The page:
Daily briefs of the top news stories impacting Christians around the world.
In today's edition:
- Young Adults 'Less Religious,' Not Necessarily 'More Secular'
- British Church Leaders Encourage Carbon Fast for Lent
- ChinaAid Calls for the Truth about Gao Zhisheng
- Police: Victims Aid Police in Calif. Church Attack
Young Adults 'Less Religious,' Not Necessarily 'More Secular'
USA Today reports that today's young adults are less "churchy" than their parents and grandparents, but not necessarily less spiritual. The age 18 to 29 demographic, called "Millennials" in the study, is significantly less likely to identify with a particular faith, but pray as much as preceding generations did at the same age. Meanwhile, church attendance as steadily declined over the past two generations. "They may be less religious, but they're not necessarily more secular" than the Generation Xers or Baby Boomers who preceded them, says Alan Cooperman of Pew Forum on Religion & Public Life, which collected the 2008 data. A solid 40 percent of Millennials said religion is very important in their lives, compared to 39 percent of Boomers at the same ages. Forty-one percent said they pray daily, compared to 42 percent of Gen Xers as young adults.
British Church Leaders Encourage Carbon Fast for Lent
Christian Today reports that the Bishop of London is encouraging Christians to give up something more significant than chocolate or Facebook this Lenten season. He's encouraging them to give up carbon instead. The Rt. Rev. Richard Chartres, along with the head of anti-poverty movement Micah Challenge International, Joel Edwards, encouraged Londoners to look at their carbon footprint. "It's the poorest people in developing countries, who have done the least to cause climate change, being hit hardest by its devastating consequences. It is all of our responsibility to help reverse this injustice," he said. "Climate change is everybody's problem and everybody's solution. For millions of the poorest people in the world climate change is not a matter of debate, it's a matter of livelihood, life and death."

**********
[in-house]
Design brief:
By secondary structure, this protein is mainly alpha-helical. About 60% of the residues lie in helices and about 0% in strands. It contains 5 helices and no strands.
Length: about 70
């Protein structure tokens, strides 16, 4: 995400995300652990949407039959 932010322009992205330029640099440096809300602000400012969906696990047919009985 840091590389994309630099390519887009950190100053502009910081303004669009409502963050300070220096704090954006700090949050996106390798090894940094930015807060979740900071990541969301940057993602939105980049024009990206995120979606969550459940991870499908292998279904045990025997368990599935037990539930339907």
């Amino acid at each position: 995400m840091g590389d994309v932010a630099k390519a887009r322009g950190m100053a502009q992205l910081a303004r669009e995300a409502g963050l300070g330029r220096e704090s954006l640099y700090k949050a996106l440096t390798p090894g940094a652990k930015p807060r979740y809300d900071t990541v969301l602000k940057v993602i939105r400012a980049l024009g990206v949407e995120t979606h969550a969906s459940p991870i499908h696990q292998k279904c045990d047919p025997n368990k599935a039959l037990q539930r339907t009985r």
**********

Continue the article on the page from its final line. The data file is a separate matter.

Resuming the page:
ChinaAid Calls for the Truth about Gao Zhisheng
Christian Newswire reports that the wife of a missing Chinese human rights activist has dismissed reports of her husband's working at a Chinese company as "nonsense." Gao Zhisheng has been missing since February 2009, and his wife and two children fled China last year due to official harassment. "I am in America now," said Gao's wife, Geng He. "I have no contact with Gao." President of ChinaAid Bob Fu sees a more sinister angle to the false reports: "With no evidence to suggest otherwise, this appears to be a ploy by the Chinese government to confuse people and cover up the truth. By telling reporters and advocacy organizations that Gao is in Xinjiang, it will keep them from hunting around Beijing for answers. The Chinese government is just playing games now."
Police: Victims Aid Police in Calif. Church Attack
The Associated Press reports that members of New Gethsemane Church of God in Christ in Northern California are now working with police to catch shooters who wounded two in their congregation. Two brothers, aged 14 and 19, were targeted by three men while at the Richmond, Calif., church on Sunday. "If those guys were bold enough to shoot up a church, who's to say they won't come up to your front door and shoot you?" said Frank Robinson, a Richmond native said on Monday, describing why some congregants were reluctant to aid police. Richmond police Sgt. Bisa French said Tuesday they now have leads on two of the men involved in the shooting. "We're hoping to make some arrests soon," French said.